SOFTIN's Interaction Among Special Needs Kids
Author: Capt. David Bacon, Executive Director, SOFTIN : Contact: softininc.org
Published: 2009-07-15 : (Rev. 2019-03-06)
Synopsis and Key Points:
SOFTINs crew of experienced at-sea educators uses every observational tactic available to assess the effectiveness of an educational adventure.
SOFTIN's crew of experienced at-sea educators uses every observational tactic available to assess the effectiveness of an educational adventure on each and every passenger as we work through our curriculum.
SOFTIN's crew has learned some really useful techniques and tactics.
One valuable assessment tool is observing interaction between children.
Here is what we've learned and the approach we've developed... special-needs kids typically have an emotional shell they have carefully built up.
We recognize it when they come aboard withdrawn, quiet and with little eye-contact.
These kids often remain in this mode while we cruise the harbor and give informative talks about the various vessels, structures, points of interest and how the waterfront functions as a community.
This works out very well because they quietly soak up all of this information, as evidenced by how they recite some of what they have learned as we cruise back into the harbor at the end of the trip.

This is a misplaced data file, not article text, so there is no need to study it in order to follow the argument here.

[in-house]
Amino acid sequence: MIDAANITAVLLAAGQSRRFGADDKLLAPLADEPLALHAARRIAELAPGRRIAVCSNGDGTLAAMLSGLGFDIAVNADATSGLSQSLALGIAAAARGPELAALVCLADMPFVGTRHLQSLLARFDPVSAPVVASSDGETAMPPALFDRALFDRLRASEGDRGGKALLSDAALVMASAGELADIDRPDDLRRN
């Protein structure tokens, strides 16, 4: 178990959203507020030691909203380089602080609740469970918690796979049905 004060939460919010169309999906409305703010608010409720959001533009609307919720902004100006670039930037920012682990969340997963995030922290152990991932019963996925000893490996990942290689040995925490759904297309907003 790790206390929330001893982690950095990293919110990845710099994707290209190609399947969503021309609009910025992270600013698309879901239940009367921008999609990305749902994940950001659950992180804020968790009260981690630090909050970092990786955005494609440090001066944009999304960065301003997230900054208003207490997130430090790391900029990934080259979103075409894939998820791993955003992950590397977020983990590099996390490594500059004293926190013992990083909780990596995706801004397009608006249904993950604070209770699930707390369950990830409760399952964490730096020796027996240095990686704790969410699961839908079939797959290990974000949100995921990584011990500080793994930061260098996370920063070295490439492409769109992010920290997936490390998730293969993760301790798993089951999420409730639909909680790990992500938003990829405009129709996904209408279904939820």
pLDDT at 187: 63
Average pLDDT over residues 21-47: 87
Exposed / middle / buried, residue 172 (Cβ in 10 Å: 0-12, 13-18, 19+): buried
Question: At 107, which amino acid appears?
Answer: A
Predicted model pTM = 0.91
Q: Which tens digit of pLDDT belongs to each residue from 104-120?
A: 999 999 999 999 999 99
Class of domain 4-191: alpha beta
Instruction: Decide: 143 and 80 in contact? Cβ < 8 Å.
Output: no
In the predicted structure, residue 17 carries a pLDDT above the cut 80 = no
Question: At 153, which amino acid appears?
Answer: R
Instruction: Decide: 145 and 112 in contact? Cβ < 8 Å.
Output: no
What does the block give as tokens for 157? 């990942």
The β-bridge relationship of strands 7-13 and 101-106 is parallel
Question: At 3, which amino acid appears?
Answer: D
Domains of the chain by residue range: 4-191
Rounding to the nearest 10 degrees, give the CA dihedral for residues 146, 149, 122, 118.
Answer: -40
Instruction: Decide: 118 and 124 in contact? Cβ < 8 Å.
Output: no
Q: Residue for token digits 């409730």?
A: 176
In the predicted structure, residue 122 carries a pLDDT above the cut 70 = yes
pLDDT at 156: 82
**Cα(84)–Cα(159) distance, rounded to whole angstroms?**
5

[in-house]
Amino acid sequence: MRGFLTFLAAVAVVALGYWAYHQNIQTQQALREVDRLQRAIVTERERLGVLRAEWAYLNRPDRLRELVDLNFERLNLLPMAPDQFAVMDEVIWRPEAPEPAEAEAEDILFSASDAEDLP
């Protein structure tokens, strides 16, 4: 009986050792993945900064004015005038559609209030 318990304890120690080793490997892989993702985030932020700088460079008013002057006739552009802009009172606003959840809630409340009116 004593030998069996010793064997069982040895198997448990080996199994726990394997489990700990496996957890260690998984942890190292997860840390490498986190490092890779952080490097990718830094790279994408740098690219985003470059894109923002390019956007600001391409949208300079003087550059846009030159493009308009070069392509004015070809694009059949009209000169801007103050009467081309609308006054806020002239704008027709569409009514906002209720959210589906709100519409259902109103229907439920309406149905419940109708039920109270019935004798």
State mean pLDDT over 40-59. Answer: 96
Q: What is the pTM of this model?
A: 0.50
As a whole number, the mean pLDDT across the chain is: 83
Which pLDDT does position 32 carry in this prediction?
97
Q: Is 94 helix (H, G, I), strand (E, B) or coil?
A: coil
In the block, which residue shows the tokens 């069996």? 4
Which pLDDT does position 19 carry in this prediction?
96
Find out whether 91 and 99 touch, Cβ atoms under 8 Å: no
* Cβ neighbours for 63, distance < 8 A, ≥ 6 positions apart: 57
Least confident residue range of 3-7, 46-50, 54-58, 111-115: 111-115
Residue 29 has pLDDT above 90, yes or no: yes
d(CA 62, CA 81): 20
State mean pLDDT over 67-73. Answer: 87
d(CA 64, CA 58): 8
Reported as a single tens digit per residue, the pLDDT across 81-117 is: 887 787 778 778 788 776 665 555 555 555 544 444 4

Once we begin introducing them to the critters of the sea, things change rapidly.
These critters... seals, sea lions, dolphins, cormorants, loons, seagulls and pelicans (including our greatest friend, Bentwing the disabled brown pelican) help us break through the emotional shells.
When the youngsters begin interacting with the critters (making sea lion sounds, cheering the dolphins, feeding the birds and other fun stuff), the truly magic moment occurs. They come busting out of their shells and become emotionally normal; happy, fully-engaged, laughing, sharing with the other kids.
This is one of the key things we watch for... how well the kids interact with one another.
Captain David Bacon, Executive Director, SOFTIN.
We've learned that once the kids share and play, they are having an exceptionally rare (for them) opportunity to forget their issues. We call it, "living large outside the shell". Caregivers accompanying the children recognize it to, and they visibly relax and celebrate.
The education and adventure our program provides is wonderfully beneficial, but the carefully-crafted opportunity to "live large outside the shell" is precious.
Capt. David Bacon, Executive Director, SOFTIN
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